Forms, Rules and Statutes
If your court case is in Colorado, you should always use the latest editions of court forms, and the most up to date versions of court rules and statutes. You can do this for free using official State of Colorado websites.
Colorado's Judicial Department Forms ("jdf" forms)
By law, jdf forms are accepted in all the state courts. To find them, go to http://www.courts.state.co.us and click on the Self Help/ Forms link [ top center of the web page ]. If you always download your forms from the courts’ website you can be sure that what you are using is up to date, and FREE. Every form has a jdf number, and if you know the number of the form you need, you can search for it using this number.
If you have a printed jdf form, you can find its number at the bottom of the form. You will see something like: JDF 1101 R7-12 PETITION FOR DISSOLUTION OF MARRIAGE OR LEGAL SEPARATION, Page 1 of 4 at the bottom of the page. JDF simply tells you that this is a Judicial Department Form. 1101 is the number of the form, and the R7-12 tells you the revision date, e.g. July 2012. If you need to re-print a clean copy of the form, this will help you find it. If you find a more recent revision online, use it.
If you are just starting a case, and planning to do the paperwork yourself, let yourself be guided by the instructions available online. For example jdf form 1097 provides "general steps to getting a divorce or legal separation with NO children", and jdf form 1098 is for when children of the marriage are involved. Both of those forms are available online here. There are very many forms available. A place to start looking at topics in the family law category is here.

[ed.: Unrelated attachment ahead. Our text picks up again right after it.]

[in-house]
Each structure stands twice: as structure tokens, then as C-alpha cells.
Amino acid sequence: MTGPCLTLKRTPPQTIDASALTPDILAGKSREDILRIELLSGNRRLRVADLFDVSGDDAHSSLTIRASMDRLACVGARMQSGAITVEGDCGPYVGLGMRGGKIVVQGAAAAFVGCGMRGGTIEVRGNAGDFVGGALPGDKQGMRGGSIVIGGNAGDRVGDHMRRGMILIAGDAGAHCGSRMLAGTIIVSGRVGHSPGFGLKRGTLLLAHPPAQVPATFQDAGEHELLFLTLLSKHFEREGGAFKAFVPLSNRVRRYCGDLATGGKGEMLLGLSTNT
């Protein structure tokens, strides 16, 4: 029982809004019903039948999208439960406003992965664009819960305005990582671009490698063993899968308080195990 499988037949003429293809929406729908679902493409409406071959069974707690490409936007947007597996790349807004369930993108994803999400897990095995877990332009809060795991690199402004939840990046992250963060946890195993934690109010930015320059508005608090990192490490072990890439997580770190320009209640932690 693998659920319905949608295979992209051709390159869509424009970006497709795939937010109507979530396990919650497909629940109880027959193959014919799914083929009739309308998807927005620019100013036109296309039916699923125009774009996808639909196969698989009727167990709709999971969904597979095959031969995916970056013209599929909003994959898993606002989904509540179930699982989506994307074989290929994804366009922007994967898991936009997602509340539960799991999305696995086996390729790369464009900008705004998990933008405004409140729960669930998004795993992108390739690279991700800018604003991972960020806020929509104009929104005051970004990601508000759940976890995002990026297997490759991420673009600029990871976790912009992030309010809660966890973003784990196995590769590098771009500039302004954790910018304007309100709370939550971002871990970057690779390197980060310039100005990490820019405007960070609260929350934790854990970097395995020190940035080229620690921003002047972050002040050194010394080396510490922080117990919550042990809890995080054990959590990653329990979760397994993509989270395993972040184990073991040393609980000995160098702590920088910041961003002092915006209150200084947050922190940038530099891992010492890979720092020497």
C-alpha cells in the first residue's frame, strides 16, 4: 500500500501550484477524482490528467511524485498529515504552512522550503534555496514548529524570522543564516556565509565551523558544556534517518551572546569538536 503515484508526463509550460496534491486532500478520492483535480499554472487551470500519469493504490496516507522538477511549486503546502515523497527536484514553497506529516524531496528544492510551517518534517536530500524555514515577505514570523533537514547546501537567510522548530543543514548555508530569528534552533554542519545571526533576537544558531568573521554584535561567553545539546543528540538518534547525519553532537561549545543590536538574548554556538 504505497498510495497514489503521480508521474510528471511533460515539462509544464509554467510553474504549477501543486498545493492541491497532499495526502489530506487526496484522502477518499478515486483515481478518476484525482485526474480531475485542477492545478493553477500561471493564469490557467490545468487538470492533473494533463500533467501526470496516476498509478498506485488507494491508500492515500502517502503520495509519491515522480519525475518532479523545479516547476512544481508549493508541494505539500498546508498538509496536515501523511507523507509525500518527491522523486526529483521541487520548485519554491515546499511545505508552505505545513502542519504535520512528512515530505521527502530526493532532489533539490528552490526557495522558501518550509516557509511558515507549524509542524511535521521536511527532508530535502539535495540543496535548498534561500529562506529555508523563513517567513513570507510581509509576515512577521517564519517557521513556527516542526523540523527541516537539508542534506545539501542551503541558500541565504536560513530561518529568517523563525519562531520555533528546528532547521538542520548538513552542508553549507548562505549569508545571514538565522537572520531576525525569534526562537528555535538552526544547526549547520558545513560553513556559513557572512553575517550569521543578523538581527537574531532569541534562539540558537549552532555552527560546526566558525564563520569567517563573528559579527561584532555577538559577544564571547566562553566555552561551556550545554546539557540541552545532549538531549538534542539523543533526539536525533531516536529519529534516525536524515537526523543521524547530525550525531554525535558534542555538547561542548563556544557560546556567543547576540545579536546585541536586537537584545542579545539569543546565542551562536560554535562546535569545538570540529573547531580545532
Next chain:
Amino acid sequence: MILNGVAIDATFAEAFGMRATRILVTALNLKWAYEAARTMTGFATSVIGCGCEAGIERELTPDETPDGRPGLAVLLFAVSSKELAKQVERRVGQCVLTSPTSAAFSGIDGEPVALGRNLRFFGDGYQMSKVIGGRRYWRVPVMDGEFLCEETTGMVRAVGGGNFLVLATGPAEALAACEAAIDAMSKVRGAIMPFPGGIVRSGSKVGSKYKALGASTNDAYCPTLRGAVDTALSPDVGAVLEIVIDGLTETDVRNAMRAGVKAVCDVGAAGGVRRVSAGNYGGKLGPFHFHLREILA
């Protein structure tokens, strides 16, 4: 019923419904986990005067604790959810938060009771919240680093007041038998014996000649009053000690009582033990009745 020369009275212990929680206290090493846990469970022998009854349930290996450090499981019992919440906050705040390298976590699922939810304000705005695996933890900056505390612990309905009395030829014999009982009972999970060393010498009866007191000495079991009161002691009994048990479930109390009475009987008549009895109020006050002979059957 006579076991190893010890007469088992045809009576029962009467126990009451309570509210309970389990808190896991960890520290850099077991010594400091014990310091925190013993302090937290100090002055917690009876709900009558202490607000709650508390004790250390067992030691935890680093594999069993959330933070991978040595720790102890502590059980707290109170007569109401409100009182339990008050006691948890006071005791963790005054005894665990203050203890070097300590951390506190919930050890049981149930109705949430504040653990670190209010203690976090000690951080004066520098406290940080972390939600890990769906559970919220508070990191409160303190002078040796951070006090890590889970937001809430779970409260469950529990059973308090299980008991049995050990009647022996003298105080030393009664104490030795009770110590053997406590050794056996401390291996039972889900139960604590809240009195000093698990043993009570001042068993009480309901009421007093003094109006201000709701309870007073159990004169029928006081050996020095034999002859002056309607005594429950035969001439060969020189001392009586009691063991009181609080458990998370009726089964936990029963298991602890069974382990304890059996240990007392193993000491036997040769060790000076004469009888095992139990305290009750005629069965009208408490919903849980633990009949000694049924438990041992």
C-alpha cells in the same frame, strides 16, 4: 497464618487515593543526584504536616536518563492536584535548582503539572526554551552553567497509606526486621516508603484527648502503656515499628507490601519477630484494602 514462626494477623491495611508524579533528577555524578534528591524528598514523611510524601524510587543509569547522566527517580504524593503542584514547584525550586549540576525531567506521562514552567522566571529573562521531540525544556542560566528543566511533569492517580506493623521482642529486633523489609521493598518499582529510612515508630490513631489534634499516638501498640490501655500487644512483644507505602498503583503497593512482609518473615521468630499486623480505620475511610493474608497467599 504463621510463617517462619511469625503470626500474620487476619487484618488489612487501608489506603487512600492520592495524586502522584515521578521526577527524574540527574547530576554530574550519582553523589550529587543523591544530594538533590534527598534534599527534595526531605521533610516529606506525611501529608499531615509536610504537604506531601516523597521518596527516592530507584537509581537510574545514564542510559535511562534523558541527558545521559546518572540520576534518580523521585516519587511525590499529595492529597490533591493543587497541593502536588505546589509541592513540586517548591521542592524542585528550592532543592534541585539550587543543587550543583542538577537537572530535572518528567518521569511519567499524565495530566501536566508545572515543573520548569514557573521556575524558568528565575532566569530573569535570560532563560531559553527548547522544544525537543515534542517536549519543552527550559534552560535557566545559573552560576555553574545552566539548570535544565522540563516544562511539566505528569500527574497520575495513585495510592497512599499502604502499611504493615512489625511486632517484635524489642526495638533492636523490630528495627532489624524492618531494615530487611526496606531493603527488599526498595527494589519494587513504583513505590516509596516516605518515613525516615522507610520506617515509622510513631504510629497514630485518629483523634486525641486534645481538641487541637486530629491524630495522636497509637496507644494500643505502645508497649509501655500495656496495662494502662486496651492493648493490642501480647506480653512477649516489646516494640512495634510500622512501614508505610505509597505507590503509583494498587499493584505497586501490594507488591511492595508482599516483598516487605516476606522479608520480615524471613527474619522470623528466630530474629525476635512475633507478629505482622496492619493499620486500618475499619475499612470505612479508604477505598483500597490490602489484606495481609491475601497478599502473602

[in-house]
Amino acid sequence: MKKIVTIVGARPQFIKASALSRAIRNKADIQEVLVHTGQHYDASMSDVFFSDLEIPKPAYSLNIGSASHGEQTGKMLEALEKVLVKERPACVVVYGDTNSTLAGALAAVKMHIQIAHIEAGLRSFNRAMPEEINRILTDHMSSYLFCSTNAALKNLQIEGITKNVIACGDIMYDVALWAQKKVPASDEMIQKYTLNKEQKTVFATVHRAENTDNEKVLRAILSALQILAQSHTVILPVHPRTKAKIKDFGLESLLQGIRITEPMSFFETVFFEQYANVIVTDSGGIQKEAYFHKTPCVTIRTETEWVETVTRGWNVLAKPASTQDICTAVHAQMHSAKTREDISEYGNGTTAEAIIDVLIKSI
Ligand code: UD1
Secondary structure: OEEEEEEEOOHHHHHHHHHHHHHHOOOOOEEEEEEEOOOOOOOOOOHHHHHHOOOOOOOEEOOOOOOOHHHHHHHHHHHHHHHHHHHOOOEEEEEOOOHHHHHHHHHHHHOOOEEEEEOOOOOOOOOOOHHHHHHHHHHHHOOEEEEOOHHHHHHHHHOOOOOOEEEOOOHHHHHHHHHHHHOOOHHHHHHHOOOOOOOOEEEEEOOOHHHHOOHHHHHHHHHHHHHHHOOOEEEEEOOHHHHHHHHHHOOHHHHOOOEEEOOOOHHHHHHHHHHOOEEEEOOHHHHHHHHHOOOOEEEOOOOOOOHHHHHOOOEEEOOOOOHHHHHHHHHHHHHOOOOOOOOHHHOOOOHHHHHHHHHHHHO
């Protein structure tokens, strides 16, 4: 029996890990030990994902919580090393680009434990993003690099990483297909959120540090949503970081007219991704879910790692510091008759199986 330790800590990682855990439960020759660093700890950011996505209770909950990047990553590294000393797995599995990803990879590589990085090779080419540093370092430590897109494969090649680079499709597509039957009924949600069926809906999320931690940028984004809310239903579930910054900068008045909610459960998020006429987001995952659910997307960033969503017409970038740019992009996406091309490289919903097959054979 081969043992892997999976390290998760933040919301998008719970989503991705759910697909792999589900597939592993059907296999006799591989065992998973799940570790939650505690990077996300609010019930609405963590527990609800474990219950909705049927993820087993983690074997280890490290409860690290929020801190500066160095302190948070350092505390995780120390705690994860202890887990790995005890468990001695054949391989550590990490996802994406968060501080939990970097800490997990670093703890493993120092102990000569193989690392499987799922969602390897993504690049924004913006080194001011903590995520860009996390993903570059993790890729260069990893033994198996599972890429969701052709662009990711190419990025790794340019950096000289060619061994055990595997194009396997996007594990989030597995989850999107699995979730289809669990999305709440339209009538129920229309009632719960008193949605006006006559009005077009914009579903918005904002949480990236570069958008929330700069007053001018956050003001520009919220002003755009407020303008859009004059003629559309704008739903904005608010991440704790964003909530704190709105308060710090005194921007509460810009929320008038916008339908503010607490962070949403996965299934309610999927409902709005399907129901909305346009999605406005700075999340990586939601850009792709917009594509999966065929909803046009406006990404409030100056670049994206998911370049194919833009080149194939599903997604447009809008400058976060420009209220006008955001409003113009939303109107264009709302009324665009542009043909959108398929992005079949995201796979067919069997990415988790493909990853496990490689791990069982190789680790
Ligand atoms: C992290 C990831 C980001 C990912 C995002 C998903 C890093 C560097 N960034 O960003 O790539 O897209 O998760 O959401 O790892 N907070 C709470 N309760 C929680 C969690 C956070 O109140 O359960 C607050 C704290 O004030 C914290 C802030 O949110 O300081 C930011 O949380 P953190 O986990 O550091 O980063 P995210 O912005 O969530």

The law actually changes quite frequently, and whenever something changes, you can usually trust to the official websites being brought quickly up to date. If you download a copy of a jdf form from another web site, or if someone hands you a printed version, check the revision against the online version at http://www.courts.state.co.us to make sure what you are working with is up to date.
Colorado Statutes & Rules
The same applies to finding statutes and court rules. New statutes are being created, and old ones revised constantly. Your best bet is to rely on an officially sanctioned website that is regularly updated. A printed copy, or even an online copy of a statute may have become out of date. Many people file their cases without ever reading a statute. However, reading the statutes referred to in the jdf forms that you file is an easy way to get insight into what you are doing. When it comes to finding statutes, look for these at the LexisNexis website. Go here because LexisNexis is the official publisher of Colorado's statutes, and so the site should be up to date. It is also FREE.
I only mediate cases in the State of Colorado Courts, and that is the reason for limiting this page to just Colorado resources.